There are similar initiatives underway to develop new and exciting smart agricultural applications for machine learning and AI-enabled computer vision on various mobile computer devices and farm machinery. At the University of Florida Institute of Food and Agricultural Sciences (UF/IFAS) Gulf Coast Research and Education Center, Nathan Boyd is developing diagnostic apps for Florida specialty crops using smartphones as well as AI vision-equipped smart sprayers for vegetables and strawberries. At the UF/IFAS Citrus Research and Education Center, AI research is focusing on autonomous robotic scouting platforms for citrus under protective screen (CUPS) groves. All these projects rely on DL-CNN machine learning for rapid, real-time analysis of video feeds and photographs to identify situations and objects of interest such as weeds, pests and diseases.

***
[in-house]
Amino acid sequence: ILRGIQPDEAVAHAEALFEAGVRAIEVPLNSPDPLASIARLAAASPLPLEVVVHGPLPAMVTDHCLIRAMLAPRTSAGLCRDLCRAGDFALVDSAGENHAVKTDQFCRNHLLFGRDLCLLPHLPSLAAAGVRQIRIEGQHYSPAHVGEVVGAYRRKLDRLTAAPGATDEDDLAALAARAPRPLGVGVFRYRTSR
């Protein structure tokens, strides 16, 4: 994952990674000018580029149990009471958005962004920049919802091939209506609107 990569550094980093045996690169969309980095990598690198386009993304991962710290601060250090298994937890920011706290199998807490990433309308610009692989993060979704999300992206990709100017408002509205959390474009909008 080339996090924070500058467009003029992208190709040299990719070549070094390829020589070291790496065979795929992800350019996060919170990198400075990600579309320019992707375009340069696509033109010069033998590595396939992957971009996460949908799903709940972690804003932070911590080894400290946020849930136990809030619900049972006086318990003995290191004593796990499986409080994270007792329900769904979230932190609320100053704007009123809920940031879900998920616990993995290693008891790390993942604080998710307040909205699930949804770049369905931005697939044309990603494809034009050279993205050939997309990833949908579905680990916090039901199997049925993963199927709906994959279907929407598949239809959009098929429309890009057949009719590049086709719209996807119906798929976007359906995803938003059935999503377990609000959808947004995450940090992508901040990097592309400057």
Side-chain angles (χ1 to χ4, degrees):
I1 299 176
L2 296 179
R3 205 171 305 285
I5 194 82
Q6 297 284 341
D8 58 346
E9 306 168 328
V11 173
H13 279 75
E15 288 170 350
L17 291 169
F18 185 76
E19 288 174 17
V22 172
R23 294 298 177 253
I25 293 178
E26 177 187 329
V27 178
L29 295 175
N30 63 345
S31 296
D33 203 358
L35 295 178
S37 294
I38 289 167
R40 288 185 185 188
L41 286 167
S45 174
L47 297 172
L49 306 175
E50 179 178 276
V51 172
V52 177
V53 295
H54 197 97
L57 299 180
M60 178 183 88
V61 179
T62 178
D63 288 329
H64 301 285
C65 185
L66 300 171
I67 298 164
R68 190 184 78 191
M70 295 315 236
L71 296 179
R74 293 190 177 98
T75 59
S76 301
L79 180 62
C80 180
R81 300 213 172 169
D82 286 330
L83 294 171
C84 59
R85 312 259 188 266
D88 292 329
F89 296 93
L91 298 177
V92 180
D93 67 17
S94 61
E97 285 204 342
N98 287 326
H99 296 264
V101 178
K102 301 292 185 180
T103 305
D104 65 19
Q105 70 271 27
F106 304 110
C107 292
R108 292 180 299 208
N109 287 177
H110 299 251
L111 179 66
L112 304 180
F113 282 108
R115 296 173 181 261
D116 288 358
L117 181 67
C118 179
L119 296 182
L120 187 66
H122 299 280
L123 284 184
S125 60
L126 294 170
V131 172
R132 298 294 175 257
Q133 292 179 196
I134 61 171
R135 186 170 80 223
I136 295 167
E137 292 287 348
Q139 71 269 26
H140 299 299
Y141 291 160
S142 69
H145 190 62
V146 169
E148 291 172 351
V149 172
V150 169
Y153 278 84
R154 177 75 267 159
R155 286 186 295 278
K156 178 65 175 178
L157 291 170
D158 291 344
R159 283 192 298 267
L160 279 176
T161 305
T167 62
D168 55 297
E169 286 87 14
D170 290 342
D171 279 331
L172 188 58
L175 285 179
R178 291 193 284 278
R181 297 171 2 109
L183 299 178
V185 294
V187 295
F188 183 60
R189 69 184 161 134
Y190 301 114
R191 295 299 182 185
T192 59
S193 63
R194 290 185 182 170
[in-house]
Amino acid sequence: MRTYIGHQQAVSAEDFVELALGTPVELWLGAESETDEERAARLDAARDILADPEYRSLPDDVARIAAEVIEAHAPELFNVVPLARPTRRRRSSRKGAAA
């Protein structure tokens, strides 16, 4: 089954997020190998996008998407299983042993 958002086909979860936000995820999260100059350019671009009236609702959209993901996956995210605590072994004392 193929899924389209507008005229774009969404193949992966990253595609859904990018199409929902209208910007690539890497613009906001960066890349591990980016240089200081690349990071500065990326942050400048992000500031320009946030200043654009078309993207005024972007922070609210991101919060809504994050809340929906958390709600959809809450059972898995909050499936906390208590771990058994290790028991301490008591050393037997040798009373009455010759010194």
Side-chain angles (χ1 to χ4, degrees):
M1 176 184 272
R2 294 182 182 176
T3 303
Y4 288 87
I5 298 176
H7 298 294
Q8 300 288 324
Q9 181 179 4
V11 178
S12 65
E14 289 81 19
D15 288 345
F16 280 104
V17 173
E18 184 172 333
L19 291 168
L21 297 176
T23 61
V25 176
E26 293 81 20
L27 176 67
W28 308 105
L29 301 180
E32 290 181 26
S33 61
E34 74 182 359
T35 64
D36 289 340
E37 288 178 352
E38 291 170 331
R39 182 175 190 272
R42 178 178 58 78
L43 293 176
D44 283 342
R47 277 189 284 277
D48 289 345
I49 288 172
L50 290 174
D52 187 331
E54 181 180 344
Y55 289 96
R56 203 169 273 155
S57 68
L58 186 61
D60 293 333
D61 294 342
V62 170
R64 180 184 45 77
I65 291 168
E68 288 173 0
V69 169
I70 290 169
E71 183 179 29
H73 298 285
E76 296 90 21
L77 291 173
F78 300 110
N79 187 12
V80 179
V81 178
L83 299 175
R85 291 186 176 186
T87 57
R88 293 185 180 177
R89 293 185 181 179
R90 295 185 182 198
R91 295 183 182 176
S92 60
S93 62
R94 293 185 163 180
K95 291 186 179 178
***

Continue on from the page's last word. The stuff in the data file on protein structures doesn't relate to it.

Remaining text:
The principal reason for growing citrus in protective screen houses is to exclude the Asian citrus psyllid (ACP), which is the vector of citrus greening disease. Therefore, the integrity of the protective screen house must be ensured at all times. Occasional incursions of ACP into the CUPS may be possible, and if not detected immediately, they could quickly colonize substantial areas of a CUPS, with subsequent spreading of greening disease.

Figure 2. First prototype of a solar-powered robotic scout developed for citrus under protective screen groves